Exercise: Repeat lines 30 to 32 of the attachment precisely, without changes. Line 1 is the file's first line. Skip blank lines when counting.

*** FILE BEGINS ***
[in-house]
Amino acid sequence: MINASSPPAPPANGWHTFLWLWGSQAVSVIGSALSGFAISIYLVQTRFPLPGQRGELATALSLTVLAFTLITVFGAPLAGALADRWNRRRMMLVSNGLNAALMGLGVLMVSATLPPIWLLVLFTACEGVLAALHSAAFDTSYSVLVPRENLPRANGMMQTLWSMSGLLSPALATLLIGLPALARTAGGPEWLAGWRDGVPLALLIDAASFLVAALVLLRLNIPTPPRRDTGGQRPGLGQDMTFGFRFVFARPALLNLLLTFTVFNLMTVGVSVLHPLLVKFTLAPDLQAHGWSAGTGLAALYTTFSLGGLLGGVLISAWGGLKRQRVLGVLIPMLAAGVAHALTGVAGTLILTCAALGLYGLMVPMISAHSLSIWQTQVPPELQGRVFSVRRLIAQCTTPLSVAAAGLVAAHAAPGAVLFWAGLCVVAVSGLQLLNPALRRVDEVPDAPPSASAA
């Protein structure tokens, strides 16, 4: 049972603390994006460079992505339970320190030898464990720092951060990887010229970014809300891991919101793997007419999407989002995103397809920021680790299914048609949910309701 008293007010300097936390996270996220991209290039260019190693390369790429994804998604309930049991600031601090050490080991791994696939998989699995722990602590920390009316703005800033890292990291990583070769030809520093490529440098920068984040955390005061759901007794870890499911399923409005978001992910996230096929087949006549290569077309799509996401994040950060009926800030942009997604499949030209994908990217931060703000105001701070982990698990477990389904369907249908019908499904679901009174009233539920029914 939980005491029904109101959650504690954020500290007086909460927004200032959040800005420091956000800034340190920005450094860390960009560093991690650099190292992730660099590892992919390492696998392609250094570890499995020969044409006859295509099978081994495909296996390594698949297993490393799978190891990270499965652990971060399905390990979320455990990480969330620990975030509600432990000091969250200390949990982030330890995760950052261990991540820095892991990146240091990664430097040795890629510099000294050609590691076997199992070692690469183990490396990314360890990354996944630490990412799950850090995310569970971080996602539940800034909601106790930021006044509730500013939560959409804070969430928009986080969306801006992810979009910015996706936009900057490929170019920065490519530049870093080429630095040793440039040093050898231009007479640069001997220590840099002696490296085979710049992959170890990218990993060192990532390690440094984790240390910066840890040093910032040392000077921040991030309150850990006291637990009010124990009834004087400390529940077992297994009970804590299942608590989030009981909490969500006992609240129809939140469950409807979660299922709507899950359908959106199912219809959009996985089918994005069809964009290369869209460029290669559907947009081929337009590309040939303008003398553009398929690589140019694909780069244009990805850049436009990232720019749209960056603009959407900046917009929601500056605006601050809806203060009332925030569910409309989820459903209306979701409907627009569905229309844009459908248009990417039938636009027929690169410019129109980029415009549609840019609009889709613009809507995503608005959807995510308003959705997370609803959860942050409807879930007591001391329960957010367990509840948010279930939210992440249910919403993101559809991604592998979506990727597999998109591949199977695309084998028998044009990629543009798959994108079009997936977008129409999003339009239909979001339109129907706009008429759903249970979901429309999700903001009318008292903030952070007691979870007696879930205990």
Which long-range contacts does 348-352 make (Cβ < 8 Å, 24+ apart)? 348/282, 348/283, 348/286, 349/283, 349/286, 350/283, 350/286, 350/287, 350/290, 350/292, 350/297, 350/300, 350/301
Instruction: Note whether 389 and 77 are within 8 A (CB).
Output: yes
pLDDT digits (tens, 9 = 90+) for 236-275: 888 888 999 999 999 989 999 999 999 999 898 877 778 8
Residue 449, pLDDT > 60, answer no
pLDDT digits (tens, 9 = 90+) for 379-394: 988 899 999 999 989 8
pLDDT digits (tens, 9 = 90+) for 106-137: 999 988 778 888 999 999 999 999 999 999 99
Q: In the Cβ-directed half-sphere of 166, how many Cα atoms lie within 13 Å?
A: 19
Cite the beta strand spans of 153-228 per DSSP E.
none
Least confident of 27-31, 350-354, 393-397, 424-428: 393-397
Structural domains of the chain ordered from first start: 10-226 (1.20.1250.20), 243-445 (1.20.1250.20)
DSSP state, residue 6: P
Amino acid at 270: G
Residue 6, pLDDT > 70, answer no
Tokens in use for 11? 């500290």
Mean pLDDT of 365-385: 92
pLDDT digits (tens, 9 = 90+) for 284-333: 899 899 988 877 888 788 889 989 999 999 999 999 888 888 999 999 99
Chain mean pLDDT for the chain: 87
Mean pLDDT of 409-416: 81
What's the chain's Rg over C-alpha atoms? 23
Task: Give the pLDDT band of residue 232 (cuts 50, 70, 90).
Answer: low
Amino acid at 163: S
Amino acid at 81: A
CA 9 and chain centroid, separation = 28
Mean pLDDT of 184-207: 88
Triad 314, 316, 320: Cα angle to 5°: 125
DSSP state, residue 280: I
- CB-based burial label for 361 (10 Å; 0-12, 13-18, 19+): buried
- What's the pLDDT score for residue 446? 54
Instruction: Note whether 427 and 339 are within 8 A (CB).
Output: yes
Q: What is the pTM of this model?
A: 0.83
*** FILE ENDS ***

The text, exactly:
CA 9 and chain centroid, separation = 28
Mean pLDDT of 184-207: 88
Triad 314, 316, 320: Cα angle to 5°: 125